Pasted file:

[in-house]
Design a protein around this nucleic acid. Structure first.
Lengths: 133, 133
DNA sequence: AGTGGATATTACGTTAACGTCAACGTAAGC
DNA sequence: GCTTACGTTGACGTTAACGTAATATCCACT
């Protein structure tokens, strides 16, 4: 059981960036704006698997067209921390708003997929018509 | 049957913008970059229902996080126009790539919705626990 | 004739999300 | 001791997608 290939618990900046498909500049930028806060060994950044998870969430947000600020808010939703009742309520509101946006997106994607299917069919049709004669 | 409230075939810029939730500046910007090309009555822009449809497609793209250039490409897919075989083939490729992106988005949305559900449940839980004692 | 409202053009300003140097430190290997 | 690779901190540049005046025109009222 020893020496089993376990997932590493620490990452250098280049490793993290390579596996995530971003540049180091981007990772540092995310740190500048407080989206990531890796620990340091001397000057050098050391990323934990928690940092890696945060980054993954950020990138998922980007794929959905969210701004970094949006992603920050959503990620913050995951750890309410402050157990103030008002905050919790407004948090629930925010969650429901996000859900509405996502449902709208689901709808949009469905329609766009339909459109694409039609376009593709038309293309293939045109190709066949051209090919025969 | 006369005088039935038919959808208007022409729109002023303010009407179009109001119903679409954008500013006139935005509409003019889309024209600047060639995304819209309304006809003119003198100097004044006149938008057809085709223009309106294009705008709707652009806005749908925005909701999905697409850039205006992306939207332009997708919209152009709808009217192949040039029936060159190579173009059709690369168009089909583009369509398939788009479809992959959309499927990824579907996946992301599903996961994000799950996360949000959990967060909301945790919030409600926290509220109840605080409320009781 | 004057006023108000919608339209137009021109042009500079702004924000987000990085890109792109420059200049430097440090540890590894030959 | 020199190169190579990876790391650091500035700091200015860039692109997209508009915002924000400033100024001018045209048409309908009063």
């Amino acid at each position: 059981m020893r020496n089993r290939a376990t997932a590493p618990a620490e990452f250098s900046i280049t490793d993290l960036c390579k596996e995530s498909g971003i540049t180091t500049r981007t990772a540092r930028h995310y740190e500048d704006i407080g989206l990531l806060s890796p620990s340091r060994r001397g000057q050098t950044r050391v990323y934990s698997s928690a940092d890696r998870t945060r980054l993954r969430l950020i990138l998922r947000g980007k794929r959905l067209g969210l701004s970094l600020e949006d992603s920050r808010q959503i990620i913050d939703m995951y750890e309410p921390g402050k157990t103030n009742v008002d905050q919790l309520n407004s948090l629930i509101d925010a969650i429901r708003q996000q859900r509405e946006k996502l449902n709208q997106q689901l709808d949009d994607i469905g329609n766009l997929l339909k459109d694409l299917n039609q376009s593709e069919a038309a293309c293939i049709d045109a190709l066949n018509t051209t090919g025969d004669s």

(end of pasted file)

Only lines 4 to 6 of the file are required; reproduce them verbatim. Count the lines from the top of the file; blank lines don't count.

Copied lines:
DNA sequence: AGTGGATATTACGTTAACGTCAACGTAAGC
DNA sequence: GCTTACGTTGACGTTAACGTAATATCCACT
């Protein structure tokens, strides 16, 4: 059981960036704006698997067209921390708003997929018509 | 049957913008970059229902996080126009790539919705626990 | 004739999300 | 001791997608 290939618990900046498909500049930028806060060994950044998870969430947000600020808010939703009742309520509101946006997106994607299917069919049709004669 | 409230075939810029939730500046910007090309009555822009449809497609793209250039490409897919075989083939490729992106988005949305559900449940839980004692 | 409202053009300003140097430190290997 | 690779901190540049005046025109009222 020893020496089993376990997932590493620490990452250098280049490793993290390579596996995530971003540049180091981007990772540092995310740190500048407080989206990531890796620990340091001397000057050098050391990323934990928690940092890696945060980054993954950020990138998922980007794929959905969210701004970094949006992603920050959503990620913050995951750890309410402050157990103030008002905050919790407004948090629930925010969650429901996000859900509405996502449902709208689901709808949009469905329609766009339909459109694409039609376009593709038309293309293939045109190709066949051209090919025969 | 006369005088039935038919959808208007022409729109002023303010009407179009109001119903679409954008500013006139935005509409003019889309024209600047060639995304819209309304006809003119003198100097004044006149938008057809085709223009309106294009705008709707652009806005749908925005909701999905697409850039205006992306939207332009997708919209152009709808009217192949040039029936060159190579173009059709690369168009089909583009369509398939788009479809992959959309499927990824579907996946992301599903996961994000799950996360949000959990967060909301945790919030409600926290509220109840605080409320009781 | 004057006023108000919608339209137009021109042009500079702004924000987000990085890109792109420059200049430097440090540890590894030959 | 020199190169190579990876790391650091500035700091200015860039692109997209508009915002924000400033100024001018045209048409309908009063």